Historic efforts to reform felony voting laws
Thirteen States Examining Policies; Majority Seeking to Expand Voting Rights for Ex-Felons
Congressional Hearings Held to Permit Voting in Federal Elections. New Activity Spurred by 1998 Study on Disenfranchisement Impacts
Washington, D.C - A wave of activity to reform felony voting laws for the first time in a century is revealed in a new national report by The Sentencing Project entitled "Regaining the Vote". The study outlines legislative and legal activity in thirteen states and in Congress over the past year to address the issue of whether convicted felons and ex-felons should have the right to vote.
These state and federal efforts were spurred in large part by a 1998 study by Human Rights Watch and The Sentencing Project which found that 13 percent of African American males and nearly four million Americans are disenfranchised due to felony convictions. The new report, "Regaining the Vote: An Assessment of Activity Relating to Felon Disenfranchisement Laws," uncovers these state and federal activities:
State Legislative Activity
Some States Restrict Right
Marc Mauer, Assistant Director of The Sentencing Project, stated that "The expansion of the criminal justice system over the past 25 years has created an ever-larger pool of ineligible voters. Current efforts to restore voting rights to offenders who have 'paid their debt' to society may help to bring the U.S. more in line with other democratic nations."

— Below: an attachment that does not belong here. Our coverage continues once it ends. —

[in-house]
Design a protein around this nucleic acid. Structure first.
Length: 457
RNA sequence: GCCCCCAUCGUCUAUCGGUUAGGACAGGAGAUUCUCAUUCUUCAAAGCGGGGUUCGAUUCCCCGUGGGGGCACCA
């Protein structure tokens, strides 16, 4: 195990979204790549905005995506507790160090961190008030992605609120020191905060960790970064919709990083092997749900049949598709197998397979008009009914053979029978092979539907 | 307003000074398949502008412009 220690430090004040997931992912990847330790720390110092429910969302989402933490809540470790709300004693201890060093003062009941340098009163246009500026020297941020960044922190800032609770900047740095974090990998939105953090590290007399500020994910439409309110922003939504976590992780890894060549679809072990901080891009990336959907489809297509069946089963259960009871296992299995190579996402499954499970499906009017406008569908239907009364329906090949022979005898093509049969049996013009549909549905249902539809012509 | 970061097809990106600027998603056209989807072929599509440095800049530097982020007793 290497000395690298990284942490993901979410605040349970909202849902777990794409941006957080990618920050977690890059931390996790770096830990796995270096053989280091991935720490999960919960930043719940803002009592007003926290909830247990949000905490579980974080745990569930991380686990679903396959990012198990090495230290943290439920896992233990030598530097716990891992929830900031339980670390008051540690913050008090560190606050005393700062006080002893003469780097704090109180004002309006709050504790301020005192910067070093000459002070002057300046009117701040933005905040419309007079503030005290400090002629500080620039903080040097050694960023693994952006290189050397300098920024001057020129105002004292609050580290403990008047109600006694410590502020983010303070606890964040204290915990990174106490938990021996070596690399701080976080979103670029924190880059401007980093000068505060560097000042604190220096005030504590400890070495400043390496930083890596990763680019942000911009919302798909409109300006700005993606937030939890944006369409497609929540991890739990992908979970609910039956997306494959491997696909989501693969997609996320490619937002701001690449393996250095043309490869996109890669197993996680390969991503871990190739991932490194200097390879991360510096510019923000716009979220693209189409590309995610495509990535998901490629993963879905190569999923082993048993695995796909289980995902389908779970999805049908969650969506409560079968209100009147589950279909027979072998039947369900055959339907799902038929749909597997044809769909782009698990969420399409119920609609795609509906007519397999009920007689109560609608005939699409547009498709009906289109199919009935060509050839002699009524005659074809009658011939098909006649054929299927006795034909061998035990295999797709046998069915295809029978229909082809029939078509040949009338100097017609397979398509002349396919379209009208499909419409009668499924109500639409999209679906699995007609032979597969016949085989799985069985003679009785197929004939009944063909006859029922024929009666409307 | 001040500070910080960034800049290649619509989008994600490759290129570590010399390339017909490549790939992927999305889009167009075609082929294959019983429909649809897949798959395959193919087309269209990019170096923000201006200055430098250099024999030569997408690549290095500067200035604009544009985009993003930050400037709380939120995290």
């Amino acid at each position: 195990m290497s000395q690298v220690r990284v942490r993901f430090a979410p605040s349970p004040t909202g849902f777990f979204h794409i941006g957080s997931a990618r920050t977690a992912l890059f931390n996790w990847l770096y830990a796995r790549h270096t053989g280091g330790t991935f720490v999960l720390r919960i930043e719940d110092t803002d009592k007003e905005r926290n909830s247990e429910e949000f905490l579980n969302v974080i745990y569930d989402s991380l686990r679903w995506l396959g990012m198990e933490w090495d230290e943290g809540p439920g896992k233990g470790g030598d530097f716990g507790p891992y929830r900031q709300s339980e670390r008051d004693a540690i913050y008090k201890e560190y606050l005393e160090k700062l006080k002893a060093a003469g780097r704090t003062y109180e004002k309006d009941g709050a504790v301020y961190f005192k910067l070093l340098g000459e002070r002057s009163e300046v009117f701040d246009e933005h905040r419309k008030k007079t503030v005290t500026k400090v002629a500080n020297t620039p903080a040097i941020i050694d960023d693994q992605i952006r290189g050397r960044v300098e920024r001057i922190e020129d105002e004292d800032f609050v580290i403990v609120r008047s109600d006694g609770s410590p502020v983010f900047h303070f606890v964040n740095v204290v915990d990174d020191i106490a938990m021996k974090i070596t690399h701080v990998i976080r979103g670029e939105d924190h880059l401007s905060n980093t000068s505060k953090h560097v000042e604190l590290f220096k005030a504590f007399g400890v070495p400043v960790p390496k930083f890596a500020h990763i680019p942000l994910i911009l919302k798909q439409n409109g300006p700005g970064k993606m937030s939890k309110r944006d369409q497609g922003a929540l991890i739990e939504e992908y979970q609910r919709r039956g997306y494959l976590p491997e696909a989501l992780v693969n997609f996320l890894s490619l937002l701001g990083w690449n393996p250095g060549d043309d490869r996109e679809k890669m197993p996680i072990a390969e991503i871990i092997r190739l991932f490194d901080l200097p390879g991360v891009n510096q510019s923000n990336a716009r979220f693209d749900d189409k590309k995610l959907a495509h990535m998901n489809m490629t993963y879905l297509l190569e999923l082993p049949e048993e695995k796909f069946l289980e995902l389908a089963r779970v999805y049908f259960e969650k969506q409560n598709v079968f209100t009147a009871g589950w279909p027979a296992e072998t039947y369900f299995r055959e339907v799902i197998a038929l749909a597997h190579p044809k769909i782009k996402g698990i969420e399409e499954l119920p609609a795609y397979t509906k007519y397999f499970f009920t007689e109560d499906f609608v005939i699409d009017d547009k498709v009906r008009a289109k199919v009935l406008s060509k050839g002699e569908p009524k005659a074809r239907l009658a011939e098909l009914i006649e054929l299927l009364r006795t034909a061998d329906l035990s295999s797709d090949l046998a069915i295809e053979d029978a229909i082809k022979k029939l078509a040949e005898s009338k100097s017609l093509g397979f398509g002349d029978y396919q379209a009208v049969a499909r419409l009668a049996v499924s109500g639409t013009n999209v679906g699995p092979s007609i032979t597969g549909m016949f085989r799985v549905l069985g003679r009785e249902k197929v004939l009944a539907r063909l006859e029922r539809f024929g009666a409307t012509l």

The report also documents the often erratic nature of the restoration process in several states. In Alabama, ex-offenders who apply for a pardon are required to provide DNA samples. In Virginia, ex-felons (both violent and nonviolent offenses) are required to wait five years before applying for a pardon, but persons convicted of a drug offense must wait seven years.
The 1998 report on disenfranchisement had found that nearly three-quarters (73 percent) of the total disenfranchised population of 3.9 million were not in prison. Of these, 1.4 million were ex-offenders who had completed their sentences, one million were offenders sentenced to probation, and nearly half a million were on parole.
The new report, "Regaining the Vote", is available from The Sentencing Project, 1516 P St. NW, Washington, D.C. 20005, (202) 628-0871, and is available on-line at www.sentencingproject.org.